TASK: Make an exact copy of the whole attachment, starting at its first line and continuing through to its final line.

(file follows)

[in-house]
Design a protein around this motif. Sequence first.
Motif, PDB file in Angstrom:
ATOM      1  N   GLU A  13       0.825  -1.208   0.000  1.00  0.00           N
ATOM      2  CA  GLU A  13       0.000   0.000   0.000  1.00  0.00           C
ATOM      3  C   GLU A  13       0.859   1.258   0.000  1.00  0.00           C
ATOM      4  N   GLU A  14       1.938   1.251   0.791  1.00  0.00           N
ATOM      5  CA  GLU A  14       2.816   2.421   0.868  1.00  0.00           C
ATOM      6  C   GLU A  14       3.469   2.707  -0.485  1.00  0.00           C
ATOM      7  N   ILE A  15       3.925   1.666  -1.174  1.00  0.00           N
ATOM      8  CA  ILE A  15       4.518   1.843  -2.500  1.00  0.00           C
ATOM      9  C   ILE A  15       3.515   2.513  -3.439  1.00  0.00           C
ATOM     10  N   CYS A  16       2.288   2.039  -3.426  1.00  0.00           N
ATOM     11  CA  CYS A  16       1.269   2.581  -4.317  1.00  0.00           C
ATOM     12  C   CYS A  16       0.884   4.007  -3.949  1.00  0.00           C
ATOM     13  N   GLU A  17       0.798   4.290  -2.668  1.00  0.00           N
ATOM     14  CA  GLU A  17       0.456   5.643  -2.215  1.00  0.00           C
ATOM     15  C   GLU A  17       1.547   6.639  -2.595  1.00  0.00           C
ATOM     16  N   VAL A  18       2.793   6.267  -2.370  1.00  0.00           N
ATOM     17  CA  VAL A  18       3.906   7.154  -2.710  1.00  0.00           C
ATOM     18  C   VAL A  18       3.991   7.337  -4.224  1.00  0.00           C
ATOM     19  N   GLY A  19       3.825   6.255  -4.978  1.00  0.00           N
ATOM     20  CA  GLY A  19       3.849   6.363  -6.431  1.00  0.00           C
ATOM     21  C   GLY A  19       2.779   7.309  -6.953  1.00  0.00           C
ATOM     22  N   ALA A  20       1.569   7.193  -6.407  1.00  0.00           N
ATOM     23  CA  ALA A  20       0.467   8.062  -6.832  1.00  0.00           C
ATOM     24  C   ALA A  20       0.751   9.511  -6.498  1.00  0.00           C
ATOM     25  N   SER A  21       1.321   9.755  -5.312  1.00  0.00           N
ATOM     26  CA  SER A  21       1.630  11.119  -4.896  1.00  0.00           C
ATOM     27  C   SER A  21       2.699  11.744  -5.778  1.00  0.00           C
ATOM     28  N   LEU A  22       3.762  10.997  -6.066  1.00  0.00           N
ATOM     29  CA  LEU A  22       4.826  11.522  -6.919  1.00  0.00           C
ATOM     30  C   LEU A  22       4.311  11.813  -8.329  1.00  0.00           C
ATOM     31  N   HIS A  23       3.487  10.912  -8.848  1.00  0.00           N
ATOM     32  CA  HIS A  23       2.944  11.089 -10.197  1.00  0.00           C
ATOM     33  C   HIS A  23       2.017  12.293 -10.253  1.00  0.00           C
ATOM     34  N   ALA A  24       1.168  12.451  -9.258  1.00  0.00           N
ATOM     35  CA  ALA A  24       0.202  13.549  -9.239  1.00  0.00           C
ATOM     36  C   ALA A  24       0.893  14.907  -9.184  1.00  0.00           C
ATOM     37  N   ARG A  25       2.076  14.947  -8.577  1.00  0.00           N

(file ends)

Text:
[in-house]
Design a protein around this motif. Sequence first.
Motif, PDB file in Angstrom:
ATOM      1  N   GLU A  13       0.825  -1.208   0.000  1.00  0.00           N
ATOM      2  CA  GLU A  13       0.000   0.000   0.000  1.00  0.00           C
ATOM      3  C   GLU A  13       0.859   1.258   0.000  1.00  0.00           C
ATOM      4  N   GLU A  14       1.938   1.251   0.791  1.00  0.00           N
ATOM      5  CA  GLU A  14       2.816   2.421   0.868  1.00  0.00           C
ATOM      6  C   GLU A  14       3.469   2.707  -0.485  1.00  0.00           C
ATOM      7  N   ILE A  15       3.925   1.666  -1.174  1.00  0.00           N
ATOM      8  CA  ILE A  15       4.518   1.843  -2.500  1.00  0.00           C
ATOM      9  C   ILE A  15       3.515   2.513  -3.439  1.00  0.00           C
ATOM     10  N   CYS A  16       2.288   2.039  -3.426  1.00  0.00           N
ATOM     11  CA  CYS A  16       1.269   2.581  -4.317  1.00  0.00           C
ATOM     12  C   CYS A  16       0.884   4.007  -3.949  1.00  0.00           C
ATOM     13  N   GLU A  17       0.798   4.290  -2.668  1.00  0.00           N
ATOM     14  CA  GLU A  17       0.456   5.643  -2.215  1.00  0.00           C
ATOM     15  C   GLU A  17       1.547   6.639  -2.595  1.00  0.00           C
ATOM     16  N   VAL A  18       2.793   6.267  -2.370  1.00  0.00           N
ATOM     17  CA  VAL A  18       3.906   7.154  -2.710  1.00  0.00           C
ATOM     18  C   VAL A  18       3.991   7.337  -4.224  1.00  0.00           C
ATOM     19  N   GLY A  19       3.825   6.255  -4.978  1.00  0.00           N
ATOM     20  CA  GLY A  19       3.849   6.363  -6.431  1.00  0.00           C
ATOM     21  C   GLY A  19       2.779   7.309  -6.953  1.00  0.00           C
ATOM     22  N   ALA A  20       1.569   7.193  -6.407  1.00  0.00           N
ATOM     23  CA  ALA A  20       0.467   8.062  -6.832  1.00  0.00           C
ATOM     24  C   ALA A  20       0.751   9.511  -6.498  1.00  0.00           C
ATOM     25  N   SER A  21       1.321   9.755  -5.312  1.00  0.00           N
ATOM     26  CA  SER A  21       1.630  11.119  -4.896  1.00  0.00           C
ATOM     27  C   SER A  21       2.699  11.744  -5.778  1.00  0.00           C
ATOM     28  N   LEU A  22       3.762  10.997  -6.066  1.00  0.00           N
ATOM     29  CA  LEU A  22       4.826  11.522  -6.919  1.00  0.00           C
ATOM     30  C   LEU A  22       4.311  11.813  -8.329  1.00  0.00           C
ATOM     31  N   HIS A  23       3.487  10.912  -8.848  1.00  0.00           N
ATOM     32  CA  HIS A  23       2.944  11.089 -10.197  1.00  0.00           C
ATOM     33  C   HIS A  23       2.017  12.293 -10.253  1.00  0.00           C
ATOM     34  N   ALA A  24       1.168  12.451  -9.258  1.00  0.00           N
ATOM     35  CA  ALA A  24       0.202  13.549  -9.239  1.00  0.00           C
ATOM     36  C   ALA A  24       0.893  14.907  -9.184  1.00  0.00           C
ATOM     37  N   ARG A  25       2.076  14.947  -8.577  1.00  0.00           N